If you are desperate to find a mate, you just have to do it the same way it’s always been done — network your ass off. Join clubs and organizations. Go to events and things you like. Make lots of friends. Be nice to your co-workers. After all, they might know (or be related to) someone who is perfect for you. Love the person who best loves you based on solid and sound judgment. Never negotiate your heart or your bed out of fear. You have to ignore the stereotypes and negativity about your beauty or your personality. You have to make a quality assessment, a real, informative assessment of yourself, and you can’t use the measuring sticks of naysayers and doubters.

Think about what you like, love and don’t like about yourself. Focus on working on you. Finding your happiness. Fixing the things about yourself you think you need to improve and learn to love the things about yourself that are intrinsically loveable. Be happy. Be at peace. Don’t be desperate or angry or sad. None of this will help you. Those things are symptoms of the Marriage Panic.

And you can’t let it win.

Standard

59 thoughts on “Everybody Panic: Why Worrying About the Marriage Crisis Won’t Help Black Women

  1. Enrique Bravo says:

    PS: one last pointA number of black women themselves are very looks consciousness. Tall women for example may claim they have trouble finding "decent men" but the fact is, in my experience on dating sites, said tall women will not give the time of day to a man shorter than they. Then there is the outward status thing, alredy mentioned. So while men are visual creatures, women are too, and will quickly rule out allegedly sought "decent men" on purely arbitrary criteria.

  2. Thud says:

    Thank GOD you posted this! It’s everything I’ve been thinking. Another thing that those ridiculous articles refuse to acknowledge is how many black men are intimidated by someone that makes more money than they do. I am a professional, smart woman that owns her own home, and I have to hear "intimidated" more often than I feel I should really have to. I shouldn’t have to apologize for all I’ve worked for just to catch a man. That’s just stupid.

  3. bluehand says:

    Ms. Belton,I just want to say THANK YOU! Such d@m good sense; so well stated. I almost blew by this piece, "Marriage Panic", no thanks. But, after the first paragraph, I was like, wait, this Sista's got something here. I just turned 53, and stopped reading almost all articles on Black women not having a man, blah, blah, blah at least 20 yrs ago. It was just too depressing, and then I'd get mad at the zine. Sorry, I had stopped reading Ebony, whew;-O As the Brits would say, "WELL DONE YOU."

  4. bluehand says:

    "A number of black women themselves are very looks consciousness." Enrique Bravo Dear E, Black women are not any more "looks consciousness" than women or any other color. The fact is that most women like a man to be taller than them, and in some cases have missed out on a great guy by feeling this way. However, height preference is something that's likely psychologically imprinted, and doesn't change for most individuals.

  5. ziggi says:

    Aren't terms like "Quality men" or "educated men" mere euphemisms for "men who make a lot of money"?If that's the case, why not be honest about that?

    Thank you GregoryTraditionally the ‘Head of the household’ has always been the primary bread winner, and predominantly that has been men. Personally from a cultural perspective, I don’t believe the patriarchal family construct belongs to diasporic Africans; has there ever been a time when the status-quo was BM went out to work and BW stayed at home?As was mentioned on another thread ‘dating is not a democracy’ women from other cultures have been socialised to date/marry someone on the same socio-economic rung, or upwards so why should BW have to ‘dumb-down’. We’ve (multicultural society) all arrived at this point in time through differing historical paths and although it’s rarely ever a bad idea to look outwardly for answers, we sometimes have to focus on our own journey to find the answers of where we’re at and also where we’d like to be.I’d never advocate selling oneself short. But if your ‘level’ has an economic determinate as its emphasis (and why wouldn’t or indeed shouldn’t it, after all its Babylon we deh) then some BW are gonna have problems when it comes to some BM.I think a re-emphasis (and no that’s not a euphemism for curtailing ones goals!) of the constituent parts of your level vis-a vis contemporary black society is in order.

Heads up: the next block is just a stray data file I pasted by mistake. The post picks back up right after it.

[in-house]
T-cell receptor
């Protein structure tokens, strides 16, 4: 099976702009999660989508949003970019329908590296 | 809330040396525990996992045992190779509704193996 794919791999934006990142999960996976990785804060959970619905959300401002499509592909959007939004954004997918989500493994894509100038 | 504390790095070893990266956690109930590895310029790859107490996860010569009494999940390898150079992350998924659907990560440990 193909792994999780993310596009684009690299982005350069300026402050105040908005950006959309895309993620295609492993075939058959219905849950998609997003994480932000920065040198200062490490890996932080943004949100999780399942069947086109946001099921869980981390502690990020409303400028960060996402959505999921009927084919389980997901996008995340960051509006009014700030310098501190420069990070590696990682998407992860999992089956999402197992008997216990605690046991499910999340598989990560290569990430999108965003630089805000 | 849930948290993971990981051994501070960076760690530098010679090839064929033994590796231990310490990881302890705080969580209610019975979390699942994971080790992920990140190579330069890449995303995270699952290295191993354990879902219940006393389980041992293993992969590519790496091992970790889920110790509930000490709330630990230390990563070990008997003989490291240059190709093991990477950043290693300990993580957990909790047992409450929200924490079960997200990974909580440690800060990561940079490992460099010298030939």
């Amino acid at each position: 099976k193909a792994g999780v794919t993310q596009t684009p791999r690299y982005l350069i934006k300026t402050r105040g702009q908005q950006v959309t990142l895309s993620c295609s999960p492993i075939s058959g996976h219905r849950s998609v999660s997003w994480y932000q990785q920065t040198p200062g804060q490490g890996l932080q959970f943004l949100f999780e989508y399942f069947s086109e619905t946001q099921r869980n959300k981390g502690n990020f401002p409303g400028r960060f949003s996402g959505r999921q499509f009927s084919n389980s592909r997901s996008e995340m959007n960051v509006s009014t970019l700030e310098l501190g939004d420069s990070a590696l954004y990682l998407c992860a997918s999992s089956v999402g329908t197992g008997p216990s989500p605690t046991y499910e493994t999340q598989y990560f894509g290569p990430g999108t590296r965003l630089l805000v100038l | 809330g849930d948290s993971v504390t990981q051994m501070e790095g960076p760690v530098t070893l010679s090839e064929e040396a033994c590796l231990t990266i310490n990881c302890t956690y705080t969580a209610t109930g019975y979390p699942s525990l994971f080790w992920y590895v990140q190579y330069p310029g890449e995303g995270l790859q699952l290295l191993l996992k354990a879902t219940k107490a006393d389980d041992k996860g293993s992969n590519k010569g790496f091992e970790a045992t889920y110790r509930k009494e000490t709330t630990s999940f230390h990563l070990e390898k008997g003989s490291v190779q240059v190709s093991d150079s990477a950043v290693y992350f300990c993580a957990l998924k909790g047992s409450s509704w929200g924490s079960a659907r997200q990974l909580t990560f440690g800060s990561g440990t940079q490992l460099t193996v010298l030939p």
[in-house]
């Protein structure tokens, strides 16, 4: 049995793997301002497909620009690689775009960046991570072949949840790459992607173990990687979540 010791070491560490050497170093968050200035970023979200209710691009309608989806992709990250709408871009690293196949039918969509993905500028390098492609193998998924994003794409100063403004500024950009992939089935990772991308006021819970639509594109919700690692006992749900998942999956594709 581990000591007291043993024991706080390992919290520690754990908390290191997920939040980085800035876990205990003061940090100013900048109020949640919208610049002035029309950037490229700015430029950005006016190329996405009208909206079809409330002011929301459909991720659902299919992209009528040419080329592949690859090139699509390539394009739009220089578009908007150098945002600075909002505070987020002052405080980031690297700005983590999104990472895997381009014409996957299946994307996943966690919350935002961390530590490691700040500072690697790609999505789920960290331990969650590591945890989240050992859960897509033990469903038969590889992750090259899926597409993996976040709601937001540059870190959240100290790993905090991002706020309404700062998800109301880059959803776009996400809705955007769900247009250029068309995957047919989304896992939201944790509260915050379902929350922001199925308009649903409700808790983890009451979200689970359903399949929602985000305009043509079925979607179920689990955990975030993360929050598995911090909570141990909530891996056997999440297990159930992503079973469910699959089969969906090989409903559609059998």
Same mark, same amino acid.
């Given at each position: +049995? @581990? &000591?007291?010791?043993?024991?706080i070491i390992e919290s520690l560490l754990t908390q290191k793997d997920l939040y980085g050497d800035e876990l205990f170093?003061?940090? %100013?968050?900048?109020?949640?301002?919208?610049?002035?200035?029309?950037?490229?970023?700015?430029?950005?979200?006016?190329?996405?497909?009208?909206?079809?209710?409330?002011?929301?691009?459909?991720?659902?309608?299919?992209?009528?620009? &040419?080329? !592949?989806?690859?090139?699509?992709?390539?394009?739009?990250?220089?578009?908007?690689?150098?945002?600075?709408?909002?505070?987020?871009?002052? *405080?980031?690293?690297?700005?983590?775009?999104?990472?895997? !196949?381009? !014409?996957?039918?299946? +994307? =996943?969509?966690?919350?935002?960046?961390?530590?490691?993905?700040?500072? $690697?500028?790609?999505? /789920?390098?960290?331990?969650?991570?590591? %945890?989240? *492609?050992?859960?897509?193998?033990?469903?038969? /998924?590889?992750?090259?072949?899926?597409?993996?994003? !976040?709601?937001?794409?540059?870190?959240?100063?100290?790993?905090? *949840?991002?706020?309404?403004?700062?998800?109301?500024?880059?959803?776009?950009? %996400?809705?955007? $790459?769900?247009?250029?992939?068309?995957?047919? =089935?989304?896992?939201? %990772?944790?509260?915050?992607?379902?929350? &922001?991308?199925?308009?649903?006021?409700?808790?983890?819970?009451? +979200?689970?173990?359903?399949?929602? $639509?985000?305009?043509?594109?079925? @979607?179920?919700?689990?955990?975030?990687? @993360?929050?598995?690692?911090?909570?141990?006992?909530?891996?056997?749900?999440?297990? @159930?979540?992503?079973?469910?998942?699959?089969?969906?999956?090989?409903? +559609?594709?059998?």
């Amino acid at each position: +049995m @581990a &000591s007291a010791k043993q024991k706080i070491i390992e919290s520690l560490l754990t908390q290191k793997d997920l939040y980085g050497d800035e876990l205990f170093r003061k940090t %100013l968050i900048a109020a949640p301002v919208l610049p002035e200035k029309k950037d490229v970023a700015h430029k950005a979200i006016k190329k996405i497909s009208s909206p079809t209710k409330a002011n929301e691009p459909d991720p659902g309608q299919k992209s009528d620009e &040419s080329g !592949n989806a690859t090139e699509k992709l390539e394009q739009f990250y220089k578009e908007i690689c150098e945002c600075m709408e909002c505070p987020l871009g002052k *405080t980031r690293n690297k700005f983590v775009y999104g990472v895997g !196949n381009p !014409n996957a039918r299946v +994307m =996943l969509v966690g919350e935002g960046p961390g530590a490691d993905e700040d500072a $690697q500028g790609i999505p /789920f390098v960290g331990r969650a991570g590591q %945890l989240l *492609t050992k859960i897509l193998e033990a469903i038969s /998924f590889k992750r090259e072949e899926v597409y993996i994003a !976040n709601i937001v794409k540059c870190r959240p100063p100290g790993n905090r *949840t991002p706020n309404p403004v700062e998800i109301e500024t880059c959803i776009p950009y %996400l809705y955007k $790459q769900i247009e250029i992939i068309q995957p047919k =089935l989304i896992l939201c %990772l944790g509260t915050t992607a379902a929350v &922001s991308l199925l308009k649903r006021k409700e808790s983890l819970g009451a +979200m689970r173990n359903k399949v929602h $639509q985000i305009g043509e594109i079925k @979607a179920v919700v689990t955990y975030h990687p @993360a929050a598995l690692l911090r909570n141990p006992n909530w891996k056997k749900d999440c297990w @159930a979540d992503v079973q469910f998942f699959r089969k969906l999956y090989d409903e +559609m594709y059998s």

6. My mission in life is to let our women know that THEY ARE THE ONE THEY'RE LOOKING FOR! Quote from my BOOK:"Sometimes a woman can spend so much time looking for who she wants, that she doesn't have time to be who she is.""I read your blog every day – you are a blessing!

  7. K.c. says:

    I know this thread is old, but as I've just found it I must comment…@enriquebravo, if he's still listening – I'm not "second tier" (which doesn't really compute in your argument entirely anyway, since I see A LOT of women who are "second tier" with husbands), college educated, I have no children, I have plenty of standards (and none that are unrealistic – I'm a pretty pragmatic person) and I am a catch. Really. I don't say that in a way that is condescending towards others or conceited, I say it in an " I'm proud to be me and love me " way. So yeah, now what? Danielle – great post, and makes me feel much better. But…I am becoming impatient. As an eternally optimistic, usually very patient person, I find myself wondering wtf on an almost daily basis, especially over the last year. As a 27 y.o. woman without a boyfriend (involuntarily- is it time to get some catchy t-shirt like "I am the 70%" yet? I think it might be…), constantly pining away for an LTR that'll turn into marriage, I often wonder whether I am hoping for something that is in truth as attainable as it has seemed. I've been single for almost 3 years with too few real suitors in my book. Like, 2. Seriously? It seemed like when I was younger (between 21-24) I couldn't keep the guys away, but now it's… different…do women who are decidedly serious about wanting a relationship put off a certain demeanor or put off a vibe that men can sense? Someone said this to me at some point… I don't act desperate, but I am always cheerful, excited and attentive when interacting with people, so if that's the problem oh well… I'm not saying that the focus should remain on the negativity of the statistic (because I don't give credence to statistics too much anyway), It's just weird that such a huge disparity exists. And to me, it's weird because I'm in the midst of something that is remarkably different than what I've experienced, and not in a good way. As if there is some shift occurring that's not in my favor… I dunno, I will certainly not change who I am, but affirming to love myself and continuing to improve me is different from alleviating the root of the problem, whatever that might be…